Blue Jays' continue skid, losing to Indians

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Blue Jays' continue skid, losing to Indians
The Toronto Blue Jays lost 5-4 on Tuesday night to the Cleveland Indians to continue their slump and send them further and further away from any hope of a play-off spot. The Blue Jays have now lost seven of their last nine games and are sitting at eight games behind the New York Yankees in the American League's Eastern division. In the same division they also sit behind Boston by seven games and the Tampa Bay Devils Rays by five games.
The loss, Toronto's third in a row, was partially caused by errors. In the first innings the Indians put runners on second and third with two outs before Jhonny Peralta hit a grounder to third baseman John McDonald. McDonald threw it low to first baseman Lyle Overbay, who could have caught it to end the innings. Instead, he missed it, and with both runs scored the Jays fell into an early hole.
After the match McDonald said he hadn't meant to throw the ball that low.
"I got a good hop," McDonald said. "I wanted to make a good throw, but I left it short. It didn't go where I wanted it to go."
The Blue Jays showed good resilience though. After the Indians added a run in the second, and another in the fifth, they began clawing back in the sixth and seventh, scoring two runs in each innings to bring the game within a single run. But Indians' closer Kerry Wood came in and shut the door in the ninth, ensuring the Indians won in front of a home crowd.
Another bad start to a road trip
After the game, Blue Jays manager Cito Gaston said he was disappointed the Blue Jays were once again unable to start off a road trip on the right foot.
"The last two road trips haven't been good," Gaston said. "This one has started off bad."
The Jays showed they were unable to hit effectively off of starter Fausto Carmona, instead hitting ground ball after ground ball throughout the first five innings. Carmona fielded four grounders that were hit right to him, and used slow sliders and off-speed pitches to frustrate the Jays' bats.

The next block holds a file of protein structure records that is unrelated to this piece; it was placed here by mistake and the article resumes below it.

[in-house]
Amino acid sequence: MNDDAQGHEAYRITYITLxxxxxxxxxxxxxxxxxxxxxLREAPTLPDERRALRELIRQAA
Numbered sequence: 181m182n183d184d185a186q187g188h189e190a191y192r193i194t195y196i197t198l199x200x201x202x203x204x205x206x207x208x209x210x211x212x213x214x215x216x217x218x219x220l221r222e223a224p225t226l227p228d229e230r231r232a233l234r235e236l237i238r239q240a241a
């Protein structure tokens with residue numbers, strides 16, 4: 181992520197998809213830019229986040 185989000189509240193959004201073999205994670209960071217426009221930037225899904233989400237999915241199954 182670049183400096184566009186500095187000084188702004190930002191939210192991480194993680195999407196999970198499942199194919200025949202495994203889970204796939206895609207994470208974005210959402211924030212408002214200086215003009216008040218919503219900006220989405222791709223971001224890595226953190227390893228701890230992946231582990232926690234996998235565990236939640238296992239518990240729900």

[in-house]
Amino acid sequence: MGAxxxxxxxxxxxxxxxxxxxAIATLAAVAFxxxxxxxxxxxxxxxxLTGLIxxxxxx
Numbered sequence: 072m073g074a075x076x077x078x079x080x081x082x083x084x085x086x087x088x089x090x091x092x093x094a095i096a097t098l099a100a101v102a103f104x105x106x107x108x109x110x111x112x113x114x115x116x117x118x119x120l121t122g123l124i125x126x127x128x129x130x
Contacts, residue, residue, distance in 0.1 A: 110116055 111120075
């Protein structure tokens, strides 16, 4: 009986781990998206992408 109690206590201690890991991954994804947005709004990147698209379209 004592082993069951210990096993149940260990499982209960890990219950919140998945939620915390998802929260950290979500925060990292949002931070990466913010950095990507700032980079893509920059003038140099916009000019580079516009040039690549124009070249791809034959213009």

For the Jays it's also a blown opportunity. While the Yankees had been faltering towards the beginning of the month, finally getting within striking distance, the Jays' skid is happening just at the wrong time. Additionally, the Cleveland Indians are the cellar-dwellers of the American League's Central Division, sitting with a 29-47 record. If the Jays want any chance of making a run for the top spot in the AL East, they can't afford unearned run losses against teams like the Indians.
Carmona bounces back
While Carmona had never lost in four previous starts to the Blue Jays, going 2-0 before Tuesday's game, he was coming off of a drubbing against the Philadelphia Phillies on Thursday, when he was chased from the game after four innings, having let in seven runs.
"Fausto threw the ball very well and got a lot of first-pitch strikes," Indians' manager Manny Acta said at the post-game press conference.
Kerry Wood's closing performance was important, given his team had seen their lead shrink to one run by the time he stepped up to the mound. But he was almost perfect, as he retired the Jays after first putting Jose Molina on first after hitting him in the back.
"This is something we can all build off of," Wood said. "The starters are giving us a chance to win and the entire bullpen is doing the job. Everybody is on a roll right now."
The win is the Indians' third in a row since going on a brutal 1-10 slide. The Jays will look to take inspiration from the Indians' own turnaround as they hope to snap their skid.



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